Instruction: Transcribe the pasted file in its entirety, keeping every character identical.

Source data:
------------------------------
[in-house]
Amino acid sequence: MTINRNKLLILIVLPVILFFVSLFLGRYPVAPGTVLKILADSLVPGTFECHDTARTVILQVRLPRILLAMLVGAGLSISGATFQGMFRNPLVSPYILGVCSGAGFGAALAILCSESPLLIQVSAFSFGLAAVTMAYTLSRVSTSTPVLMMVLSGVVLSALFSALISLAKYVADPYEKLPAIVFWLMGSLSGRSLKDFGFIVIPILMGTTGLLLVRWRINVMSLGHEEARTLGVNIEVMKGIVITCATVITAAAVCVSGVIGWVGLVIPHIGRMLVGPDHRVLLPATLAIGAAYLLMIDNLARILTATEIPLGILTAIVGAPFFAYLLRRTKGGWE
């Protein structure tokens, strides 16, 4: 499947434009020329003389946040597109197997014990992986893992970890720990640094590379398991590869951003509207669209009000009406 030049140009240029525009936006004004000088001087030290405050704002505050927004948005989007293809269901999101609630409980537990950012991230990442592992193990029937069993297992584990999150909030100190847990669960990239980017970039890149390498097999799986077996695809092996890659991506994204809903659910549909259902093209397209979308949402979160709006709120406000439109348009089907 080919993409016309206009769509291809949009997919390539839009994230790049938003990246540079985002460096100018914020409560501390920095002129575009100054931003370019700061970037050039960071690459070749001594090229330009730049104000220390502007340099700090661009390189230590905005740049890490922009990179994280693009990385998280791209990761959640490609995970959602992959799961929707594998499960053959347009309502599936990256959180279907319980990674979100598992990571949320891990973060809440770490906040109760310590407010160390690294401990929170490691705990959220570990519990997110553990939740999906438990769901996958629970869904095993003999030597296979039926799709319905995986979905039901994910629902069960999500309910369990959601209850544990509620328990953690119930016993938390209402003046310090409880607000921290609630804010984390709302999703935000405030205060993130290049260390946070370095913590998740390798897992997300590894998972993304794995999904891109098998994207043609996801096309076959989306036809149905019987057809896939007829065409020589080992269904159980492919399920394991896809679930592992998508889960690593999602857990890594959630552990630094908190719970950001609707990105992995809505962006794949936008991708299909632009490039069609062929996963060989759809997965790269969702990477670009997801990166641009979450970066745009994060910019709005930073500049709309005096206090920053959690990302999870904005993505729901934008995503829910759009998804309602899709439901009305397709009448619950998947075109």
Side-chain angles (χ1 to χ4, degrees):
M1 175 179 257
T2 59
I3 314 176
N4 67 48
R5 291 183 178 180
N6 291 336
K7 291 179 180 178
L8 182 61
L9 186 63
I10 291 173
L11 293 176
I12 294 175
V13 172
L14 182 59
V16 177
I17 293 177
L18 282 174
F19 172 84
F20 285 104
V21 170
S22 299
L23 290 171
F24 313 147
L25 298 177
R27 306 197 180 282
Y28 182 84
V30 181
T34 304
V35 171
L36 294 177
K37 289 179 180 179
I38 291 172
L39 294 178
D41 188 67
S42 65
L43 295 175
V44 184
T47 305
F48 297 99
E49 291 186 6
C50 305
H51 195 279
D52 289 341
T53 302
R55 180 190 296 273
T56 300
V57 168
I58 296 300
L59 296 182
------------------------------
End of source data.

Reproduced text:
[in-house]
Amino acid sequence: MTINRNKLLILIVLPVILFFVSLFLGRYPVAPGTVLKILADSLVPGTFECHDTARTVILQVRLPRILLAMLVGAGLSISGATFQGMFRNPLVSPYILGVCSGAGFGAALAILCSESPLLIQVSAFSFGLAAVTMAYTLSRVSTSTPVLMMVLSGVVLSALFSALISLAKYVADPYEKLPAIVFWLMGSLSGRSLKDFGFIVIPILMGTTGLLLVRWRINVMSLGHEEARTLGVNIEVMKGIVITCATVITAAAVCVSGVIGWVGLVIPHIGRMLVGPDHRVLLPATLAIGAAYLLMIDNLARILTATEIPLGILTAIVGAPFFAYLLRRTKGGWE
């Protein structure tokens, strides 16, 4: 499947434009020329003389946040597109197997014990992986893992970890720990640094590379398991590869951003509207669209009000009406 030049140009240029525009936006004004000088001087030290405050704002505050927004948005989007293809269901999101609630409980537990950012991230990442592992193990029937069993297992584990999150909030100190847990669960990239980017970039890149390498097999799986077996695809092996890659991506994204809903659910549909259902093209397209979308949402979160709006709120406000439109348009089907 080919993409016309206009769509291809949009997919390539839009994230790049938003990246540079985002460096100018914020409560501390920095002129575009100054931003370019700061970037050039960071690459070749001594090229330009730049104000220390502007340099700090661009390189230590905005740049890490922009990179994280693009990385998280791209990761959640490609995970959602992959799961929707594998499960053959347009309502599936990256959180279907319980990674979100598992990571949320891990973060809440770490906040109760310590407010160390690294401990929170490691705990959220570990519990997110553990939740999906438990769901996958629970869904095993003999030597296979039926799709319905995986979905039901994910629902069960999500309910369990959601209850544990509620328990953690119930016993938390209402003046310090409880607000921290609630804010984390709302999703935000405030205060993130290049260390946070370095913590998740390798897992997300590894998972993304794995999904891109098998994207043609996801096309076959989306036809149905019987057809896939007829065409020589080992269904159980492919399920394991896809679930592992998508889960690593999602857990890594959630552990630094908190719970950001609707990105992995809505962006794949936008991708299909632009490039069609062929996963060989759809997965790269969702990477670009997801990166641009979450970066745009994060910019709005930073500049709309005096206090920053959690990302999870904005993505729901934008995503829910759009998804309602899709439901009305397709009448619950998947075109």
Side-chain angles (χ1 to χ4, degrees):
M1 175 179 257
T2 59
I3 314 176
N4 67 48
R5 291 183 178 180
N6 291 336
K7 291 179 180 178
L8 182 61
L9 186 63
I10 291 173
L11 293 176
I12 294 175
V13 172
L14 182 59
V16 177
I17 293 177
L18 282 174
F19 172 84
F20 285 104
V21 170
S22 299
L23 290 171
F24 313 147
L25 298 177
R27 306 197 180 282
Y28 182 84
V30 181
T34 304
V35 171
L36 294 177
K37 289 179 180 179
I38 291 172
L39 294 178
D41 188 67
S42 65
L43 295 175
V44 184
T47 305
F48 297 99
E49 291 186 6
C50 305
H51 195 279
D52 289 341
T53 302
R55 180 190 296 273
T56 300
V57 168
I58 296 300
L59 296 182